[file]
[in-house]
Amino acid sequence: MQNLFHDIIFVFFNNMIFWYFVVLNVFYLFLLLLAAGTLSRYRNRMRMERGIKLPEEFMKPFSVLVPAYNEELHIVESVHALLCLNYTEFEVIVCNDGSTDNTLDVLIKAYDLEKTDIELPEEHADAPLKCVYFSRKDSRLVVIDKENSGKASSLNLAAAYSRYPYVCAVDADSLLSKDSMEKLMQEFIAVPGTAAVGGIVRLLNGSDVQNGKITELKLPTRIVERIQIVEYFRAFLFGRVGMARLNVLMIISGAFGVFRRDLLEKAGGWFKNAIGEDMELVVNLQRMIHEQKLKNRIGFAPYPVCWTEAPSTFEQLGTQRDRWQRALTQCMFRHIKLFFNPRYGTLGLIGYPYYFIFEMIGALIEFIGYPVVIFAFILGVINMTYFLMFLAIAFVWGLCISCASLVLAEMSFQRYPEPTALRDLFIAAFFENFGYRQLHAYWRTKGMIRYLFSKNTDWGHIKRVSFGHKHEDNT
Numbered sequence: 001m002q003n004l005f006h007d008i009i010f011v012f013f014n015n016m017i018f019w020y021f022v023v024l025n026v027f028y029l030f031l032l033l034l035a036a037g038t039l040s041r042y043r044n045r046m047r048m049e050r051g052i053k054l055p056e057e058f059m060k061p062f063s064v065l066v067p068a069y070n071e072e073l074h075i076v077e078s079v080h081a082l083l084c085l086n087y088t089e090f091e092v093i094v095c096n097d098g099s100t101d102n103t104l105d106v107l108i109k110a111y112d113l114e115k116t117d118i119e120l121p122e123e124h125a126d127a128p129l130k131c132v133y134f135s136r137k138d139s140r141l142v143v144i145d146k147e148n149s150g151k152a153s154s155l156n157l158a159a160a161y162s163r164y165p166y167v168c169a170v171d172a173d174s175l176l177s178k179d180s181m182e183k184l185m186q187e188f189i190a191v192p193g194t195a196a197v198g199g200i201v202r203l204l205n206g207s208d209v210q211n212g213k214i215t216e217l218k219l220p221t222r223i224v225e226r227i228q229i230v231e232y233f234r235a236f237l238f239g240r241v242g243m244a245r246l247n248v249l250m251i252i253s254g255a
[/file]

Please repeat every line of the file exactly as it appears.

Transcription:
[in-house]
Amino acid sequence: MQNLFHDIIFVFFNNMIFWYFVVLNVFYLFLLLLAAGTLSRYRNRMRMERGIKLPEEFMKPFSVLVPAYNEELHIVESVHALLCLNYTEFEVIVCNDGSTDNTLDVLIKAYDLEKTDIELPEEHADAPLKCVYFSRKDSRLVVIDKENSGKASSLNLAAAYSRYPYVCAVDADSLLSKDSMEKLMQEFIAVPGTAAVGGIVRLLNGSDVQNGKITELKLPTRIVERIQIVEYFRAFLFGRVGMARLNVLMIISGAFGVFRRDLLEKAGGWFKNAIGEDMELVVNLQRMIHEQKLKNRIGFAPYPVCWTEAPSTFEQLGTQRDRWQRALTQCMFRHIKLFFNPRYGTLGLIGYPYYFIFEMIGALIEFIGYPVVIFAFILGVINMTYFLMFLAIAFVWGLCISCASLVLAEMSFQRYPEPTALRDLFIAAFFENFGYRQLHAYWRTKGMIRYLFSKNTDWGHIKRVSFGHKHEDNT
Numbered sequence: 001m002q003n004l005f006h007d008i009i010f011v012f013f014n015n016m017i018f019w020y021f022v023v024l025n026v027f028y029l030f031l032l033l034l035a036a037g038t039l040s041r042y043r044n045r046m047r048m049e050r051g052i053k054l055p056e057e058f059m060k061p062f063s064v065l066v067p068a069y070n071e072e073l074h075i076v077e078s079v080h081a082l083l084c085l086n087y088t089e090f091e092v093i094v095c096n097d098g099s100t101d102n103t104l105d106v107l108i109k110a111y112d113l114e115k116t117d118i119e120l121p122e123e124h125a126d127a128p129l130k131c132v133y134f135s136r137k138d139s140r141l142v143v144i145d146k147e148n149s150g151k152a153s154s155l156n157l158a159a160a161y162s163r164y165p166y167v168c169a170v171d172a173d174s175l176l177s178k179d180s181m182e183k184l185m186q187e188f189i190a191v192p193g194t195a196a197v198g199g200i201v202r203l204l205n206g207s208d209v210q211n212g213k214i215t216e217l218k219l220p221t222r223i224v225e226r227i228q229i230v231e232y233f234r235a236f237l238f239g240r241v242g243m244a245r246l247n248v249l250m251i252i253s254g255a